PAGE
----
Philadelphia officials closely monitor drinking water after a chemical spill in the Delaware River


The City of Philadelphia is monitoring its drinking water system carefully following a chemical spill upstream in the Delaware River, and said the water would be safe to drink until at least the end of the day Monday.

Three different chemicals leaked into the river when a latex product spilled on Friday, but none have so far been detected in Philadelphia’s water system, city officials say.

The city earlier sent out mobile phone push alerts recommending area residents use of bottled water from 2 p.m. on Sunday due to the spill, but officials told a news conference late Sunday afternoon they were confident tap water from the Baxter Drinking Water Treatment Plant would remain safe to drink until at least 11:59 p.m. Monday.

They said butyl acrylate, ethyl acrylate and methyl methacrylate had spilled into the Delaware River.

“Butyl acrylate, in particular, is a chemical that was identified in the spill in East Palestine. So we understand there are some known health effects and their established thresholds in terms of the parts per billion that the EPA feels are safe,” Michael Carroll, Philadelphia’s deputy managing director for transportation, infrastructure and sustainability told reporters. He said the water would continue to be monitored.

“Again, I want to reiterate, we have not detected any of these contaminants in our water and will continue to use that as our first basis for any decision-making that we make,” Carroll said.

“We have enough water to sustain a safe use for drinking, cooking – all purposes – through till at least 11:59 p.m., Monday, March 27,” he said. “The potential for contamination is diminishing over time.”

The alert sent to Philadelphia residents.

The city said in a statement its advice on the tap water’s safety had been updated “based on the time it will take river water that entered the Baxter intakes early Sunday morning to move through treatment and water mains before reaching customers.”

According to the US Centers for Disease Control and Prevention’s National Institute for Occupational Safety and Health, butyl acrylate is a potentially flammable colorless liquid with an acrid odor which can cause irritation of the eyes, skin and respiratory system. Ethyl acrylate can cause irritation symptoms depending on exposure, the CDC says. Both are often used in the manufacturing of paints and adhesives.

Methyl methacrylate, sometimes called MMA, is a colorless liquid with a fruity odor often used in the production of acrylic plastics and resins. Exposure to MMA can cause irritation to the eyes, skin, nose and throat as well as skin inflammation. The polymer version of MMA is often used in dental applications.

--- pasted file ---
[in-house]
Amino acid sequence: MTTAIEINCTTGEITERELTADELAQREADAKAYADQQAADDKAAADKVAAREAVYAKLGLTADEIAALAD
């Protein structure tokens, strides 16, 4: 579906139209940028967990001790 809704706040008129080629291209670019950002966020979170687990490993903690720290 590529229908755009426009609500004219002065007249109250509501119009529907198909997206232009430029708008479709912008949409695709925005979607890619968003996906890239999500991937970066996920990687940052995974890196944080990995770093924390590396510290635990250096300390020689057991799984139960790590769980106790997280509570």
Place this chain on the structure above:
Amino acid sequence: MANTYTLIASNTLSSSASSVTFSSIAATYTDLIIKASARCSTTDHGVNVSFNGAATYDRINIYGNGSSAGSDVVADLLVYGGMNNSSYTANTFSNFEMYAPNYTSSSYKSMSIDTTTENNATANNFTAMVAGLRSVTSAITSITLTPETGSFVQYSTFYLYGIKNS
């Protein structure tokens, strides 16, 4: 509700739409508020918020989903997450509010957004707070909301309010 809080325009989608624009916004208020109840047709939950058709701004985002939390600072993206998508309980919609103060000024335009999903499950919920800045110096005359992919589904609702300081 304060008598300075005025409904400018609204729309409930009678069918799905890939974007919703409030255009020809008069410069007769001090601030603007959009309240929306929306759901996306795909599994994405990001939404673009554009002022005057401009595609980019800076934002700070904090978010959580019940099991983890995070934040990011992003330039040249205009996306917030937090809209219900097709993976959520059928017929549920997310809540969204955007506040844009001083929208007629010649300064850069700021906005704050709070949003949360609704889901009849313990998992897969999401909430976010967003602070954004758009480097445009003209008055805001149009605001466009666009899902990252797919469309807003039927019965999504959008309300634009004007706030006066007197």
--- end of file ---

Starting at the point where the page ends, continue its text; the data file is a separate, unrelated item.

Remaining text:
The Philadelphia Police Department and Pennsylvania Department of Environmental Protection had conducted a flyover across the Delaware River and saw no visual evidence of contamination plumes, Carroll told reporters Sunday.

“In this case, because we were talking about essentially ingredients that go into latex paint, we would have been able to see a kind of white plume under the river surface,” he said.

The Coast Guard said in a statement Sunday night 60,000 gallons of contaminated water had been collected from the chemical spill.

“Clean-up is primarily focused on removing product from the storm drain system and outflow located on Mill Creek,” the statement reads.

Coast Guard pollution responders conducted shoreline patrols Sunday morning and observed no visible product along the Delaware River, the statement reads. The Coast Guard said it had not received any calls reporting injured or affected wildlife.

Carroll earlier said in a statement the contamination occurred Friday night and involved a latex product which spilled along a Delaware River tributary in Bristol Township, Bucks County.

“The Philadelphia Water Department (PWD) became aware of this through the Delaware Valley Early Warning System (EWS) and has been evaluating the situation since that time to understand potential impacts to the public,” the statement reads.

Trinseo PLC, which owns the facility where the spill occurred, said in a statement on its website Sunday it “appears to be the result of equipment failure” at the Bristol, Pennsylvania, plant, which manufactures acrylic resins.

The company estimated 8,100 gallons of solution – which is half water and half latex polymer – was spilled.

“The latex emulsion is a white liquid that is used in various consumer goods. Its pigmentation makes the water-soluble material visible in surface water,” Trinseo said.

The Pennsylvania Department of Environmental Protection said an “unknown amount” of the spilled product had entered the Delaware River. Fish and wildlife are said to have not been affected, according to the statement.

“Since the first hours after the incident, the Department of Environmental Protection has been at the facility where the spill originated and will be staying until there is no longer a threat to those impacted in Bucks and Philadelphia counties,” the department’s acting secretary Rich Negrin said in the statement. “We are working closely with our partners to monitor the spread of the contaminants and we will hold the responsible party accountable.”

On its website, the Philadelphia Water Department said it provides water to more than “2 million people in Philadelphia, Montgomery, Delaware, and Bucks counties.”

It is posting updates on the spill to a community website.